I recently listened to a recap of the year’s ‘CT events on a favorite surf podcast of mine. The difference between the enthusiasm levels when talking about the men’s events compared to the women’s was obvious in their voices. One presenter was clearly not at all interested in the women’s competition. To be fair, he made some really good points. He was brutally honest as he asked his co host “You like watching NBA right?…. So why aren’t you watching women’s NBA too?”
It’s a fair question. He summed it up by reminding us we want to watch the best in the world, right? That’s true. We want to see the best surfers in the world surfing the best waves in the world. To be brutally honest, while all of the ladies on tour surf better than myself, some of their heats are less than inspiring. But the same can be said about some of the men’s heats too.
So why the lack of interest in women’s surfing? Is the standard that low? I don’t think so. I would much rather watch Carissa Moore, Tyler Wright, Courtney Conologue or Steph Gilmore surf a heat than some of the men on tour. I think they surf better and with more style than a chunk of the guys. Women’s surfing has improved and grown massively in the last 15 years. But at a time when the WSL and major surf brands are expanding their empire and doing their best to increase surfing’s audience you’d think the women’s market would be the obvious money maker. One could argue it is, it’s just being marketed in the wrong way, and that is hurting women’s surfing.
As a surf school owner I can tell you that more than half of our students are women. The popularity of movies like Blue Crush and Soul Surfer play large roles in that. Every young lady that signs up wants to be the next Kelia Moniz as well as being part of the sisterhood. Roxy is arguably the biggest female specific surf brand. Their marketing strategy is not quite as explicit as Rip Curl and Billabongs women’s series, as Roxy tends to be more lifestyle orientated while selling a vision of health, endless summers, longboards and surfing till sunset like Kelia. It’s pretty similar to the way men’s surfing is sold to us. I get it, I’d buy into that.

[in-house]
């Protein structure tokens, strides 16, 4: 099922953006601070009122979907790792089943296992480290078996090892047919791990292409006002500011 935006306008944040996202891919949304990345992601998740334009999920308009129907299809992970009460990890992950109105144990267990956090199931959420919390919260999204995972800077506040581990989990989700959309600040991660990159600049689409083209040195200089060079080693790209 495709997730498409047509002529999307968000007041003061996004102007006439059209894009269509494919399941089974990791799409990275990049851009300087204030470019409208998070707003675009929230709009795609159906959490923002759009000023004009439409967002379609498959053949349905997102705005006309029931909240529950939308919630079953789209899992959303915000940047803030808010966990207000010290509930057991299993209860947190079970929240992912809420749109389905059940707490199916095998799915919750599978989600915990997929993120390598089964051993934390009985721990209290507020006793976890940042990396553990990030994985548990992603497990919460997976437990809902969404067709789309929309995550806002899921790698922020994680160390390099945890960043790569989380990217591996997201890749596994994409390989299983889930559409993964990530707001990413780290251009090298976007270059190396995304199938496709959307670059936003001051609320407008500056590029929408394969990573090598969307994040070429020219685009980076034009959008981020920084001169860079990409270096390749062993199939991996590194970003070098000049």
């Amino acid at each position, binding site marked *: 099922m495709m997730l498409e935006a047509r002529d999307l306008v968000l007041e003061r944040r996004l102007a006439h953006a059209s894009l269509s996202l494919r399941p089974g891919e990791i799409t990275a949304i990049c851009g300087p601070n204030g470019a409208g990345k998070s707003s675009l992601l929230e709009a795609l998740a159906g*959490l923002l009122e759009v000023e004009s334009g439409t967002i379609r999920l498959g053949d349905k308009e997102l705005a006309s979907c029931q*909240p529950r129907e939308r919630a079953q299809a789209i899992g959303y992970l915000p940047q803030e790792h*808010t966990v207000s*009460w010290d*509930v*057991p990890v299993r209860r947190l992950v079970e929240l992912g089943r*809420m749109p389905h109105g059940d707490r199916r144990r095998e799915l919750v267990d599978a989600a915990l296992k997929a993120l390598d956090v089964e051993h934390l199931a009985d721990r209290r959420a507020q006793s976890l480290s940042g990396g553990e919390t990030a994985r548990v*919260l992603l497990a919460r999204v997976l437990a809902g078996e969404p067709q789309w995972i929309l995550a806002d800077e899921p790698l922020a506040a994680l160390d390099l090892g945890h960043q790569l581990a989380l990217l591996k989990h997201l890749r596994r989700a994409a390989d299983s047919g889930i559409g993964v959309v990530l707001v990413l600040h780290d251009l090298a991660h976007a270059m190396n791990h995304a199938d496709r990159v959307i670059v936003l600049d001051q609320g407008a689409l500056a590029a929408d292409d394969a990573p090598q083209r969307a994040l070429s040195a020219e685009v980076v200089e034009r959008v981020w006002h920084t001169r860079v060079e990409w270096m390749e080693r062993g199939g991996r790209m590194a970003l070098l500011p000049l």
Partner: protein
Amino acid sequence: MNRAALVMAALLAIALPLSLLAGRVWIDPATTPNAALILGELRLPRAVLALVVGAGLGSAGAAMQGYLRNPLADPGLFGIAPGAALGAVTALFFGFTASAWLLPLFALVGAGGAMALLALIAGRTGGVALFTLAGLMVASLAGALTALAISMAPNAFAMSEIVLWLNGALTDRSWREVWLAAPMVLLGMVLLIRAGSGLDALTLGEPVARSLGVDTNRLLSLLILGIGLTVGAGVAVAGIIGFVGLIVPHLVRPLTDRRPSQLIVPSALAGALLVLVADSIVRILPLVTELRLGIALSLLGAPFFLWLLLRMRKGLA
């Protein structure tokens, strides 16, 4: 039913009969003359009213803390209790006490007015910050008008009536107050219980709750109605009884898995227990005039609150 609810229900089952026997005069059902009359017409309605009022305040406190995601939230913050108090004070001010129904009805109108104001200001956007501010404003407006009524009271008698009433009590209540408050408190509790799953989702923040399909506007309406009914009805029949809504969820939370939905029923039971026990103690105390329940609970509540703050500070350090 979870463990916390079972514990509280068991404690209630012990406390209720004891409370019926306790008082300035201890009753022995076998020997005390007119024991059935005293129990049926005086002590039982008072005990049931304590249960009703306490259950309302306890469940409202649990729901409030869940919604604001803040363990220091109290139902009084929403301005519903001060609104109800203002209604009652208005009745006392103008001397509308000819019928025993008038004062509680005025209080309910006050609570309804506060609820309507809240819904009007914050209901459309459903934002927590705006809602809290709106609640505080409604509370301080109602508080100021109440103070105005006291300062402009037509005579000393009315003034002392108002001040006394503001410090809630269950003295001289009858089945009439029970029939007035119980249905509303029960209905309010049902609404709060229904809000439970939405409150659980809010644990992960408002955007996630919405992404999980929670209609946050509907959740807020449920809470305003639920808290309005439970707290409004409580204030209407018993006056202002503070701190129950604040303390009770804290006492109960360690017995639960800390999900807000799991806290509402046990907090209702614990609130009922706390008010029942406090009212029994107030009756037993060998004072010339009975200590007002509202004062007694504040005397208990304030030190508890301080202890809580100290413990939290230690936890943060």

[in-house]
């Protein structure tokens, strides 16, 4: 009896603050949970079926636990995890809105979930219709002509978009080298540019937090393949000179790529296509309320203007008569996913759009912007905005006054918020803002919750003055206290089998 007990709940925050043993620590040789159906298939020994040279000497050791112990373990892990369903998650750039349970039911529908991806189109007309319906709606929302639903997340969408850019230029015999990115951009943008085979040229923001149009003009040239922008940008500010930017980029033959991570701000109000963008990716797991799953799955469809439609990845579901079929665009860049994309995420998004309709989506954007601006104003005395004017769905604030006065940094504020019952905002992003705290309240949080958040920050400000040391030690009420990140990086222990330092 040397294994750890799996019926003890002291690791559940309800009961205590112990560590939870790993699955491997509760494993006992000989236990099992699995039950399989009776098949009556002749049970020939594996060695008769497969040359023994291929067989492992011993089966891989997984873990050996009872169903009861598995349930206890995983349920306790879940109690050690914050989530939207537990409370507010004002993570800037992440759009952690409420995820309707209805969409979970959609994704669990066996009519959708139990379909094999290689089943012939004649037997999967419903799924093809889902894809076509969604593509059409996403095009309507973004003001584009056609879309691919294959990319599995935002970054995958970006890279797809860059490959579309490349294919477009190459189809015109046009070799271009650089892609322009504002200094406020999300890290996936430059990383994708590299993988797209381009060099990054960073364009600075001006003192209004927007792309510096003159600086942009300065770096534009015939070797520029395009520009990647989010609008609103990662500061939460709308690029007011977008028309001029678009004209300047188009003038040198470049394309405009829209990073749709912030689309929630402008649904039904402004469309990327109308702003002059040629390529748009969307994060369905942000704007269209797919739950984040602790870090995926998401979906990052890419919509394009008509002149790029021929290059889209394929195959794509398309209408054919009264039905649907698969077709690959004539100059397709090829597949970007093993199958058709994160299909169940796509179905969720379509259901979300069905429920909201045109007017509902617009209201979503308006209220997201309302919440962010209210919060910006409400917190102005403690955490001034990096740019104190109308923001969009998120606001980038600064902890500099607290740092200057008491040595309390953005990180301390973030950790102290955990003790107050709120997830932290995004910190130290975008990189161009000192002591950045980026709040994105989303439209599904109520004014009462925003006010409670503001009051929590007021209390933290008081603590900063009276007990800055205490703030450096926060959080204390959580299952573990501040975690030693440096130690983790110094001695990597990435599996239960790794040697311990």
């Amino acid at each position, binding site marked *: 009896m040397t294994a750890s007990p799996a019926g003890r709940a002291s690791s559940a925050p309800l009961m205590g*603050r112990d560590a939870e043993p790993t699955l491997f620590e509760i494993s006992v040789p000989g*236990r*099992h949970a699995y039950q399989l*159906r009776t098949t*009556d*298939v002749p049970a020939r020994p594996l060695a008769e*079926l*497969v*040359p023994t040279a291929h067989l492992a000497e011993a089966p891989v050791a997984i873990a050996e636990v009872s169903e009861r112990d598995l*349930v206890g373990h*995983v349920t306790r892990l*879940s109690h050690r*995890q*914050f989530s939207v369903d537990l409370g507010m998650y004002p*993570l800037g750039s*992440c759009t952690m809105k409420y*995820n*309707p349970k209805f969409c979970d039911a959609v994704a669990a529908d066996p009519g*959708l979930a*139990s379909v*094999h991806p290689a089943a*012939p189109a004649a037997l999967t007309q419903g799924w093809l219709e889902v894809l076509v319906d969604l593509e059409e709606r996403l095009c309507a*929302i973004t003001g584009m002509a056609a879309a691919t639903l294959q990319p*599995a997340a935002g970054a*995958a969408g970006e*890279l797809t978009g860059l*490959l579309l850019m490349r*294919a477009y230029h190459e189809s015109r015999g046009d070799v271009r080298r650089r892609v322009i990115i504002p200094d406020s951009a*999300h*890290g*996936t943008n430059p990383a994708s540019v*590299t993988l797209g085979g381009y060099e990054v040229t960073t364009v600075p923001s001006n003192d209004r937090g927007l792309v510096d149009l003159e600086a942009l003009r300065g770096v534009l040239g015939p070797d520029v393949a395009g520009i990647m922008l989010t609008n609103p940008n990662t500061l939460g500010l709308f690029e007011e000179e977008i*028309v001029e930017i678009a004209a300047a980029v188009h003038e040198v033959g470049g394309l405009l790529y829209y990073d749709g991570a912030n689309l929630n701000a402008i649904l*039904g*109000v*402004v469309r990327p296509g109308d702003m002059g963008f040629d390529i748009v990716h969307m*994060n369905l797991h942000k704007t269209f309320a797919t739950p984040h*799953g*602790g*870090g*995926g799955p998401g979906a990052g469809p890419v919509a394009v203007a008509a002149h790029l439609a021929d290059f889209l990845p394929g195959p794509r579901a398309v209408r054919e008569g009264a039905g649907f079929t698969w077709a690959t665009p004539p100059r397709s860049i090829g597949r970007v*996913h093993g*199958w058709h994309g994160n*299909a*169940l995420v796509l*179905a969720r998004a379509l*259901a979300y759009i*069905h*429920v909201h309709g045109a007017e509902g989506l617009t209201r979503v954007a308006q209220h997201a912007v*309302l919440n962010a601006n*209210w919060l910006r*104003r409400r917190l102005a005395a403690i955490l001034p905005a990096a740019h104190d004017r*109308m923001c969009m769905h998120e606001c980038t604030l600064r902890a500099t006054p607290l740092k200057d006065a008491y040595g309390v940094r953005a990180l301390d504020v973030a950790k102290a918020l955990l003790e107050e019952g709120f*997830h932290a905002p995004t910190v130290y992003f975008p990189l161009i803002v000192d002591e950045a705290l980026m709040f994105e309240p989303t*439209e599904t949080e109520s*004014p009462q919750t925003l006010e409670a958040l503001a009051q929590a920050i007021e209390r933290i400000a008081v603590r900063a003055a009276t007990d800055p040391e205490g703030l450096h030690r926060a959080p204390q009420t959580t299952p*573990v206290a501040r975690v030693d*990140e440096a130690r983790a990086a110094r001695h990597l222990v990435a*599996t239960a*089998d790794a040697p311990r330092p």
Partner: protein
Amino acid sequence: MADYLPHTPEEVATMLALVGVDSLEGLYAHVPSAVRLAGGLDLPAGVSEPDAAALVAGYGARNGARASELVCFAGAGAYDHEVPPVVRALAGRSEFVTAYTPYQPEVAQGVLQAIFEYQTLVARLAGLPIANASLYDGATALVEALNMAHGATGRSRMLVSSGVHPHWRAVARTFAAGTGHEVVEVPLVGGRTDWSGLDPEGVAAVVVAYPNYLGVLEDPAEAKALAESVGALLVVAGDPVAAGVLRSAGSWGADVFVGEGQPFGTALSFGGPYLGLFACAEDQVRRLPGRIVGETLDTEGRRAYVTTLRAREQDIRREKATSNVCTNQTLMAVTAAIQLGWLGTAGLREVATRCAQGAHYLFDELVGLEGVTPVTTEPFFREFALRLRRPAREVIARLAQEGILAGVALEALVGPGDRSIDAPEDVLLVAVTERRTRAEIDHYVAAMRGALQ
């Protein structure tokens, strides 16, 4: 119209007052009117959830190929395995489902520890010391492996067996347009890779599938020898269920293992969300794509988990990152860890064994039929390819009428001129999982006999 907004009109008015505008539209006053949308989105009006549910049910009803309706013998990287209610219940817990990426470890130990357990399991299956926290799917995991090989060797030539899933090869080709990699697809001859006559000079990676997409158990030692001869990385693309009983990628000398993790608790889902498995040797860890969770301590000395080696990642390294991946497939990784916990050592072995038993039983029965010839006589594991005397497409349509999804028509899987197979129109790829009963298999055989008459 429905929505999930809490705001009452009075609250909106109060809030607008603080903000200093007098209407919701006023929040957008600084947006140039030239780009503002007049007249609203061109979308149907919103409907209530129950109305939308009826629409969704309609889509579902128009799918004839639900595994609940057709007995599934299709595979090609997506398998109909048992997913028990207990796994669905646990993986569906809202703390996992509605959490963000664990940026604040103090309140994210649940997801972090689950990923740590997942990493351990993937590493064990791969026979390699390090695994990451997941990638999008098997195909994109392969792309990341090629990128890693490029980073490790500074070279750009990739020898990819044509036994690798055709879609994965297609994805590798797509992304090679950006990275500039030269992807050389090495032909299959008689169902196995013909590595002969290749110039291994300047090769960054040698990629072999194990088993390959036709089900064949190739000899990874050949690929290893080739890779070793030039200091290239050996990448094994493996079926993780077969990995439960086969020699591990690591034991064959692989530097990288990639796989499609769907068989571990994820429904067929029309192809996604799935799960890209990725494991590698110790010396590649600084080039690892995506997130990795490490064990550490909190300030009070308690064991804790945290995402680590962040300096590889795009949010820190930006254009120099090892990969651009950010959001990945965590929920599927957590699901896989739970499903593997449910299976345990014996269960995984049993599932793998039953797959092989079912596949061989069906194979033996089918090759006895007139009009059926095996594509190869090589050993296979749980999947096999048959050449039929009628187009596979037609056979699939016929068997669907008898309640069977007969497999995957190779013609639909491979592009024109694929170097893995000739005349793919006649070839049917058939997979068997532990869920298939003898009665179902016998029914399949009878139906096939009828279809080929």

Some of the other brands go for a slightly different approach. Who’s the best surfer on Rip Curl’s women’s team? Without a doubt it’s Tyler Wright. She rips. She’s hardcore. So why does she hardly appear in their adds? Why do I walk past the Rip Curl store near Main Street and see Alana Blanchard’s butt staring at me? Therein lies the problem. Women’s surfing is sold as sex, hot girls and bikinis. Ultimately damaging the sport.
The money and brand advertising is put in the wrong places. Silvana Lima was recently interviewed by the BBC where she stated she couldn’t get sponsored because she wasn’t pretty enough. So being the best women’s surfer in Brazil wasn’t enough? That’s horrible! Without naming names, there are many surfers on the women’s CT who are incredibly average and no where near the standard of a world tour athlete. They are there because they sell bikinis. These girls are slowing down the progression, performance and hard work of the more talented ladies on tour.
Industry brands should be concentrating on the high level performers, not the best looking. Imagine if it worked that way with the men. In some light you could argue it does, to a certain extent. With that said I just walked past Quiksilver and saw a full window spread of Mikey Wright with a mullet pulling a front side grab. That just makes me want to go to Indo and improve my surfing. I don’t care what trunks he’s wearing and I definitely don’t want that mullet. Let’s have the young ladies looking at the adverts and saying I want to do that not I want to look like that. The long term benefits are clear to see.
In their short sighted, profit focused strategies, surf brands are hurting and holding back the limits of women’s surfing. If the sport has to be sold then let’s sell it the way it deserves to be sold.
But what do I know? I’m just a man.